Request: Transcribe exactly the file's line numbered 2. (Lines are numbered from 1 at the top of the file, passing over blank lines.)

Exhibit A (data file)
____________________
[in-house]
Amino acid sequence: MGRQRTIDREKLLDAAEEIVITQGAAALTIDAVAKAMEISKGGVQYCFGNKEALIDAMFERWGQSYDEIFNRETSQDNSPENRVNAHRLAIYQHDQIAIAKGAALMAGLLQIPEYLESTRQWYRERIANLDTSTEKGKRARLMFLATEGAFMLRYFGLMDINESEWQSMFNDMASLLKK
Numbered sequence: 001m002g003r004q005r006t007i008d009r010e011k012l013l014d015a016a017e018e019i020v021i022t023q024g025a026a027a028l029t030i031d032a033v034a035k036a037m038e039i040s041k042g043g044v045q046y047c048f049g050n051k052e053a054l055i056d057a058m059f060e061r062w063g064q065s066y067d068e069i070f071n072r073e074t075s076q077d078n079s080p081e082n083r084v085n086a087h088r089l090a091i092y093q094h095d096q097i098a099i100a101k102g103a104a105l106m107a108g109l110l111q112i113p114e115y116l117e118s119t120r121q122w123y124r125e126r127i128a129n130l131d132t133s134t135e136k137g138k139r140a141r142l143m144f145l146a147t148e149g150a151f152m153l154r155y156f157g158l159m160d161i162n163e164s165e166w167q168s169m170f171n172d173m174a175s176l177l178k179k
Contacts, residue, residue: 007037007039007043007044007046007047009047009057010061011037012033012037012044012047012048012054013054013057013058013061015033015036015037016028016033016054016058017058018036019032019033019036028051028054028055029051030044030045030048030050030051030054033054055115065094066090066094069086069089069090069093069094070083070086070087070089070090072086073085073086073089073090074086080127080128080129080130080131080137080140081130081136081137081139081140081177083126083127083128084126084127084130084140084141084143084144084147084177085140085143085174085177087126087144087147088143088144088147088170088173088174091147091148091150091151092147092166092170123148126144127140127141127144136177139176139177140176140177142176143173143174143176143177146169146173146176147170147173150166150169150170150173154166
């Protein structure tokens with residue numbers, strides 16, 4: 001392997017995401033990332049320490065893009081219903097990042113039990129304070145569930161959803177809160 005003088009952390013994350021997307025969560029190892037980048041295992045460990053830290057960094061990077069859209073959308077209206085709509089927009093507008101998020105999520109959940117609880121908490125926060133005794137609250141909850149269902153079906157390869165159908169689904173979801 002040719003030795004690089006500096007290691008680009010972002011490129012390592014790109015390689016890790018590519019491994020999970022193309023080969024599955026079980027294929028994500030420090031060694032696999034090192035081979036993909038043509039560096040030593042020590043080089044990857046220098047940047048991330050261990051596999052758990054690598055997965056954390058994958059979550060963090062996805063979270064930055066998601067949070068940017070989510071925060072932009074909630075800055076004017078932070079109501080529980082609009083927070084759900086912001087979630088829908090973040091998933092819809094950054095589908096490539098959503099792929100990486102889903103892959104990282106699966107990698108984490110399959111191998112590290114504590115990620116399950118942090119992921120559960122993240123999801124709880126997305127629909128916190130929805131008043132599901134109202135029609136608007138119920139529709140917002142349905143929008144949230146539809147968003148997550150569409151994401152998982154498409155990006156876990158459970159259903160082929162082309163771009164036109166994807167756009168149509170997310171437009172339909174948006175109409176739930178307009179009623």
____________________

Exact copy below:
Amino acid sequence: MGRQRTIDREKLLDAAEEIVITQGAAALTIDAVAKAMEISKGGVQYCFGNKEALIDAMFERWGQSYDEIFNRETSQDNSPENRVNAHRLAIYQHDQIAIAKGAALMAGLLQIPEYLESTRQWYRERIANLDTSTEKGKRARLMFLATEGAFMLRYFGLMDINESEWQSMFNDMASLLKK